A self review
“Irrelativity” is on the road as Barry tours his solo shows through the U.S. and Canada this summer. This dispatch is from Saskatoon, Saskatchewan. Yes, I’m in Saskatoon. Say it out loud. It’s fun.I’ve learned something about myself here at the Saskatoon Fringe Festival. I’ve learned that I’m a sensitive, spoiled little baby.Luckily I’ve also learned that I’m a hypocrite. So that kinda balances things out for me. All across Canada, I’ve been getting amazing reviews and full houses for my “Jesus In Montana” show, really just the best time I could ever hope for. During the last few days of the Winnipeg Fringe, I got a mediocre review in some little known weekly mag. One of the papers here in Saskatoon chose to reprint this review, so there it was in print before I’d even done my first show. Why did they not reprint any of the great reviews I got? Because clearly they hate me.A local reviewer came to my first show and the review was published the next day – four stars. And it kinda mirrored what the forwarded review said, as if they’d used it as Cliff’s Notes. But listen – it’s a four-star review. This is not a bad review. It’s actually a really good review. But it’s not a five-star review, so I’m walking around whining about it. Other performers congratulate me on my good review, and I poo poo it, saying it was OK. They look at me like the spoiled little baby that I am, telling stories of how they did backflips of joy at their first four-star review. I feel like I’m back in high school again; only instead of being graded on the correctness of my math exam, I’m being graded by some arbitrary reviewer in Saskatoon, and their opinion of me means the difference between success or failure, triumph or misery, glorious life or a slow, embarrassing death …OK, OK. Not really.It’s easy to get swept up in this kind of thinking on this tour. The performers have a clear and uncomplicated relationship with the critics – when they say nice things about us, they are right, when they criticize us in any way, they suck. This is the subject of many of the on-tour discussions.Now, as someone who’s been getting good (accurate) reviews, I’ve given many a pep talk to my new friends who have gotten not-so-good reviews. I’ve reminded them how nobody likes everything, especially not when it comes to art, about how a reviewer has their own baggage that they bring with them and that their opinion of you has as much to do with what they had for lunch as it does with how good your show is, about how if you have a really good show word will get out and reviews don’t matter all that much, about how it’s all just about the experience of performing anyway, about how blah blah blah …But as soon as I get the slightest word of criticism, I curl up in the corner and whimper about how much of a failure I am and how I never should have left the house. Sure, it’s kinda cute for a while, but it’s a very, very short-lived while.So, hypocrisy and hyper-sensitivity. Apparently that’s me. Thanks Saskatoon. Let the party begin.The funny thing is, this is exactly what I wanted from this summer. I’ve never done anything even close to this before – leaving the confines of my safe and supportive community and heading out into the world to see what happens, putting myself and my strange story of being in a religious cult on stage night after night, opening myself up to the opinions of people who don’t know me and have no reason to be nice to me (except that they’re Canadian). My hope for the summer was to have new experiences and, yes, to learn some things about myself. I was hoping that these things might be good things, like that I’m a better dancer than I thought, or that I have an uncanny knack for guessing lottery numbers, but instead I get hypocrisy and whininess.And I’m only in Saskatoon! I’m only halfway done with this tour! If I’m not careful, I might learn more! No. That’s it – no more learning. From this point on I’m just going to focus on how much fun it is to say “Saskatoon.” Barry Smith appears Mondays. Read more about his tour at http://www.barrysmith.com.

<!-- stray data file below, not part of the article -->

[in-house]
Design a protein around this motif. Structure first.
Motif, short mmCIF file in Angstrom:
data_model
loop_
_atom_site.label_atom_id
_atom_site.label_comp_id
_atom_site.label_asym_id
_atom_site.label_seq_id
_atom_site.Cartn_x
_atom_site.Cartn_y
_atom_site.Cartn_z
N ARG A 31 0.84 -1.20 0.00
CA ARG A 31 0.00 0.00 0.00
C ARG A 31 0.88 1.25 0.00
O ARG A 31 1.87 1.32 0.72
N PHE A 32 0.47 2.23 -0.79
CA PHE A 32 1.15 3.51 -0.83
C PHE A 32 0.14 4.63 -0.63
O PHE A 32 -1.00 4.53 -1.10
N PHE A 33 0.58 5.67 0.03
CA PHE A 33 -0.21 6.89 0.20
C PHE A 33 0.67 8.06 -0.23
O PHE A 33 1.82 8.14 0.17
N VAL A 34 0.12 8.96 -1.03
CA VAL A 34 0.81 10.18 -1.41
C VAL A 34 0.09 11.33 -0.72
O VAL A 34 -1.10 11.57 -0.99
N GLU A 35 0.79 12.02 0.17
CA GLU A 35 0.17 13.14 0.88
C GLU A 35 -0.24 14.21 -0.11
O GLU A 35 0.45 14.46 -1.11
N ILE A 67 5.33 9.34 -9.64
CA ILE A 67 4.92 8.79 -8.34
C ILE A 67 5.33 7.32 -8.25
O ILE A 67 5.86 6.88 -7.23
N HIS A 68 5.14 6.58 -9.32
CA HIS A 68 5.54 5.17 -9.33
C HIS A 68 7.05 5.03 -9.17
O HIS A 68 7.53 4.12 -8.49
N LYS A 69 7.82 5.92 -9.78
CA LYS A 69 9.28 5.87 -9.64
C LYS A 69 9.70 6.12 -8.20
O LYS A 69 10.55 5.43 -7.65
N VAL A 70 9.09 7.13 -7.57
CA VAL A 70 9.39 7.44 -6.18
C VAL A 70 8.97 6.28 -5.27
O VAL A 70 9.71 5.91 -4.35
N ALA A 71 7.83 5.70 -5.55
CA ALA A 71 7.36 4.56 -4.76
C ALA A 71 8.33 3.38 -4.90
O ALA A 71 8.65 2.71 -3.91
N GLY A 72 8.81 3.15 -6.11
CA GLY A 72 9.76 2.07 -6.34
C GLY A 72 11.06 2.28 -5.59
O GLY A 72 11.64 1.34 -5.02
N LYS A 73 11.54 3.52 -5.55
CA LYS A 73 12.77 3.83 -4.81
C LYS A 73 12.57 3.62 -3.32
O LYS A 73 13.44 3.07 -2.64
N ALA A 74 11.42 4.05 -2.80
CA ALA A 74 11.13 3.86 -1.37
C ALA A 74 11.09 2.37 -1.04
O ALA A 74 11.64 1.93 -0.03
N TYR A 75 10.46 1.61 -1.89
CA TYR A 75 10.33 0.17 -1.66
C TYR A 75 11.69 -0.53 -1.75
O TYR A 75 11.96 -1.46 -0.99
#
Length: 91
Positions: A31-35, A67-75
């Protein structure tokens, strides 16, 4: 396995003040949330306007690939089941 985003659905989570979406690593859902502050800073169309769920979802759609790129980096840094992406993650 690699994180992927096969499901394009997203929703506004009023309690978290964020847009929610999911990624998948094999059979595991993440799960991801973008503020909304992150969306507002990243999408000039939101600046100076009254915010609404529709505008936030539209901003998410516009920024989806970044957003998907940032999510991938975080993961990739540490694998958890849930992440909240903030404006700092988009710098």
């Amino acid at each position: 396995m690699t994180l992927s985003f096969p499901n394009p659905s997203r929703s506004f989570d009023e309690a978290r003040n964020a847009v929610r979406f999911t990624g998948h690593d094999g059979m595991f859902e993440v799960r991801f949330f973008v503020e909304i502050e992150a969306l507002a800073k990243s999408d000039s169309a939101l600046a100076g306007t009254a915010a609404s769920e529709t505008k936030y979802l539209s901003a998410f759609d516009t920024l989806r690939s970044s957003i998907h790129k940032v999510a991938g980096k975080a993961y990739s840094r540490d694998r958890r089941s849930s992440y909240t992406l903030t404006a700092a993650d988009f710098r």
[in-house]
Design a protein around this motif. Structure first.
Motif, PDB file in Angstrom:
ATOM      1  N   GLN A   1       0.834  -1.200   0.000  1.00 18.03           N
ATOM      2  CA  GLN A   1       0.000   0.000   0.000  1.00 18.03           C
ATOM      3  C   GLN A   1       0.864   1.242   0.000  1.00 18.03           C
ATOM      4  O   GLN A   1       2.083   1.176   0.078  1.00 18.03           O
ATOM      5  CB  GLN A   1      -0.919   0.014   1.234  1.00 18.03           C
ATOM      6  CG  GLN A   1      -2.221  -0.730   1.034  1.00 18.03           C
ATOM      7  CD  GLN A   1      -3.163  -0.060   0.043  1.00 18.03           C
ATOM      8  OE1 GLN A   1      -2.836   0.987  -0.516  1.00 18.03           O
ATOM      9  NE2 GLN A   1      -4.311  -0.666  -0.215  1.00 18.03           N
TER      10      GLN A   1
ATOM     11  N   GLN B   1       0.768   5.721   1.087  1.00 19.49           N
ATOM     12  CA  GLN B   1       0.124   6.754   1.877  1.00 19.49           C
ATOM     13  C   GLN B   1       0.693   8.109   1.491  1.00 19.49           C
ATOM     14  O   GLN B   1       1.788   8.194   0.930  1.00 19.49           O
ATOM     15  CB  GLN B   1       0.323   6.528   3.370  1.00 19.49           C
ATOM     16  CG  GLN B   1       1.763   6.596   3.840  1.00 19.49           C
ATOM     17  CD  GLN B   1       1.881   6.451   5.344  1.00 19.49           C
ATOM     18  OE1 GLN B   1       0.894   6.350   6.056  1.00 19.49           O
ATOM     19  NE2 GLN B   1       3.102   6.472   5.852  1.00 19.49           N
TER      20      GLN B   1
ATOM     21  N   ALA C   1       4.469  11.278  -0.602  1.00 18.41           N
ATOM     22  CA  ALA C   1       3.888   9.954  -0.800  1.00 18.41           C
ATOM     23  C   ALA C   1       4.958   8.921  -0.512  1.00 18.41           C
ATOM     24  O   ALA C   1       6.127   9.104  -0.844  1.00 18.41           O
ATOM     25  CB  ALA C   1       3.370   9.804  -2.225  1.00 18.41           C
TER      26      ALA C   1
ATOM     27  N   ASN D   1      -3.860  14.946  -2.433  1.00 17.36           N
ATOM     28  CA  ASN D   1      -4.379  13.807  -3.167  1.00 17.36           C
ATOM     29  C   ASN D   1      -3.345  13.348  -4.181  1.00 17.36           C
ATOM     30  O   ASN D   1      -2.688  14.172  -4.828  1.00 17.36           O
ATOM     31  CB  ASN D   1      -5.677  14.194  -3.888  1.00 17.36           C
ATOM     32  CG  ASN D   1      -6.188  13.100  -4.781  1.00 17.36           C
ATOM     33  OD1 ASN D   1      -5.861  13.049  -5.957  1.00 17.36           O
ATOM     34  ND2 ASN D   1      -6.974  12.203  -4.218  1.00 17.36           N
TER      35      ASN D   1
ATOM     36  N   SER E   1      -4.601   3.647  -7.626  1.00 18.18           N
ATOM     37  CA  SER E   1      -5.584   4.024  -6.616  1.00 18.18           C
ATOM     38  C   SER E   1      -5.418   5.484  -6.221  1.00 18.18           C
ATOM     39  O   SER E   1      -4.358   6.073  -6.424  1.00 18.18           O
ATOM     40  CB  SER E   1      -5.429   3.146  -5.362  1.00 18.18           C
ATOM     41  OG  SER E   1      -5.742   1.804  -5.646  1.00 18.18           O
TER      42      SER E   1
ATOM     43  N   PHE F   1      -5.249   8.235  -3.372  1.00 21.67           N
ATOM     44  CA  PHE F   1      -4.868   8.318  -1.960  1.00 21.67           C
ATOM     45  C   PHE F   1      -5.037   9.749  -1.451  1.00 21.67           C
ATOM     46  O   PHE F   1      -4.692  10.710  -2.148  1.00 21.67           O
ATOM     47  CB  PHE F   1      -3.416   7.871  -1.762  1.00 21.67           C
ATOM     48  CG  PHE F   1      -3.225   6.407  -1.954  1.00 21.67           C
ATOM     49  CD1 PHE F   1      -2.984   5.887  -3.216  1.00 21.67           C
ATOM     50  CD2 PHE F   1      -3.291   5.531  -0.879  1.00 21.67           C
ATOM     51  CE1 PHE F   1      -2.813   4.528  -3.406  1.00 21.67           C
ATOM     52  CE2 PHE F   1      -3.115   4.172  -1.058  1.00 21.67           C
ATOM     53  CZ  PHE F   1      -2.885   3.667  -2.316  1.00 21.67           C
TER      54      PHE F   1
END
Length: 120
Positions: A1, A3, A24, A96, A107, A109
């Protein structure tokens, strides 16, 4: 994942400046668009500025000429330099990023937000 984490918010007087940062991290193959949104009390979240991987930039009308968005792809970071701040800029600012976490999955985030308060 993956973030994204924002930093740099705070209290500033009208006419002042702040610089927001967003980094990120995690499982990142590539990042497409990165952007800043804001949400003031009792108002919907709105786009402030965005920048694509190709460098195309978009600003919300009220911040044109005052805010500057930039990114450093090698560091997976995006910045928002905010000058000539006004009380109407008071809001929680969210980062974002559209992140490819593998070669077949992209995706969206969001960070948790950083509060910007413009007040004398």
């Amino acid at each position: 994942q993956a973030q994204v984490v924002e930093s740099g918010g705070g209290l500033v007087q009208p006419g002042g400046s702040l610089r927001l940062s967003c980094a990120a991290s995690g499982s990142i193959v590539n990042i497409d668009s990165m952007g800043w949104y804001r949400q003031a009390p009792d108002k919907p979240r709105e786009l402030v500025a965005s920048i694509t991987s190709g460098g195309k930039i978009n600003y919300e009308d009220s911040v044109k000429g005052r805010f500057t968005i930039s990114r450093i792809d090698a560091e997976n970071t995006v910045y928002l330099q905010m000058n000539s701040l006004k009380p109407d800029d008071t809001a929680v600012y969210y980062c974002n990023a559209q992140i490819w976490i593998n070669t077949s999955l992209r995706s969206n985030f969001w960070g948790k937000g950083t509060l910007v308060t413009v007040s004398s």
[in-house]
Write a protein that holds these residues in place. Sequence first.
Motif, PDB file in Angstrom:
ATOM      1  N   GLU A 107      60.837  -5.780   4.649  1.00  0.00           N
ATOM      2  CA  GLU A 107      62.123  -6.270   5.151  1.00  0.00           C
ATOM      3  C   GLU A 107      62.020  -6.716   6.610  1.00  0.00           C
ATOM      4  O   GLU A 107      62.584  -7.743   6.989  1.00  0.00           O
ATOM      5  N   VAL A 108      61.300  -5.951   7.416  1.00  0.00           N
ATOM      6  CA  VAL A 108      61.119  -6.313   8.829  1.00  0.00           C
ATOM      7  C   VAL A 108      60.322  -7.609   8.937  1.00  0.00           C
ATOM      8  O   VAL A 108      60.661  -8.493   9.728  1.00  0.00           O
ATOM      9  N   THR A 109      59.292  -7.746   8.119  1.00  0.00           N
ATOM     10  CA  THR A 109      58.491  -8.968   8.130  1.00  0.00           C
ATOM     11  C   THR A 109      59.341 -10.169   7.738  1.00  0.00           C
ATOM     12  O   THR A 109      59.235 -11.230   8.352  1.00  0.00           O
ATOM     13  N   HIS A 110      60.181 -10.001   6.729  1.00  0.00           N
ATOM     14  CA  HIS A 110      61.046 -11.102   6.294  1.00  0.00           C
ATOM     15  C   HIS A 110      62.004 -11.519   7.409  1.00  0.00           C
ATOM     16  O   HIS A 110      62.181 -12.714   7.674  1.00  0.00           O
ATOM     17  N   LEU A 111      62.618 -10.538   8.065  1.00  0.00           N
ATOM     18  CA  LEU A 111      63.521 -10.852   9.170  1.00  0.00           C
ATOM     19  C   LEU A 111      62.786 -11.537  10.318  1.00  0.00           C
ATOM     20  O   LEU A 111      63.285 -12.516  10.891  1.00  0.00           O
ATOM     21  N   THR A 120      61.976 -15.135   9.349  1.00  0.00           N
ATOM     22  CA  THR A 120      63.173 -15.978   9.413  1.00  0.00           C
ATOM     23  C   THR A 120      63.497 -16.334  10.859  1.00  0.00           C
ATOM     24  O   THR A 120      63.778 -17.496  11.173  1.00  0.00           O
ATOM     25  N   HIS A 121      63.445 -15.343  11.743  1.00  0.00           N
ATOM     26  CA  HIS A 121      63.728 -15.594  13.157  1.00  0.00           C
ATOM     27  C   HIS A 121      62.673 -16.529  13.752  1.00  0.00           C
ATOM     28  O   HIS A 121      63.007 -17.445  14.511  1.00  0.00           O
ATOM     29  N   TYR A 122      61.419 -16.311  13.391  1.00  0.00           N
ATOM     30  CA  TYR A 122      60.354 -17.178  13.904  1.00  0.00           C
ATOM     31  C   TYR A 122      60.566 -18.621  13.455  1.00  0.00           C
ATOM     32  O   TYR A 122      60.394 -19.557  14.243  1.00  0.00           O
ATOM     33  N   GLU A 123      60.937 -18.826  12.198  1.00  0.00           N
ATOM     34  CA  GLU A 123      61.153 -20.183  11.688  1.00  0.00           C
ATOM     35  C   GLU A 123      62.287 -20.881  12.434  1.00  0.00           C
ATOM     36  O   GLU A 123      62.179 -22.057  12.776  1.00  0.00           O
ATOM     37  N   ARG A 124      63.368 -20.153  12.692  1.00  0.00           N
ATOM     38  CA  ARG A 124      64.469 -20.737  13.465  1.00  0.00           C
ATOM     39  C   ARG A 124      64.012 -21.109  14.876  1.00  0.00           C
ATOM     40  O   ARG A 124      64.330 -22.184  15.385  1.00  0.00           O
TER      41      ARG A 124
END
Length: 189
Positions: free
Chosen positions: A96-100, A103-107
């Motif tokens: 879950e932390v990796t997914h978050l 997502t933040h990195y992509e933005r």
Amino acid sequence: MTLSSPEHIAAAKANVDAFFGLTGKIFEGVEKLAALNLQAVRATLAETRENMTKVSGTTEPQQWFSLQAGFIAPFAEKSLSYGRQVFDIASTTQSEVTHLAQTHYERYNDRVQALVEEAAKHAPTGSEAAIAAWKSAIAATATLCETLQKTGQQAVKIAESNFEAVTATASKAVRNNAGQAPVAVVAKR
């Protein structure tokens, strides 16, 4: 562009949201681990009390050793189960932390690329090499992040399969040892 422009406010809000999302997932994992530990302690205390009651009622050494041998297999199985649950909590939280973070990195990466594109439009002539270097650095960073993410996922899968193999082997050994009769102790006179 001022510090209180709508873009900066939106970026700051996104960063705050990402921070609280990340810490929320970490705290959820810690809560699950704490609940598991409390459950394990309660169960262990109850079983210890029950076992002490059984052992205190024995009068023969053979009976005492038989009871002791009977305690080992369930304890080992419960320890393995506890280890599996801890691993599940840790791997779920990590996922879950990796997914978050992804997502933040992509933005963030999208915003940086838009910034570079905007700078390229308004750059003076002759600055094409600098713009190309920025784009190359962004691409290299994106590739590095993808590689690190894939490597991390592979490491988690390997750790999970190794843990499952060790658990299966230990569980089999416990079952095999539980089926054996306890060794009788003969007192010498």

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The high cost of living in the Roaring Fork Valley is one of the factors that makes our population perpetually restless and transient.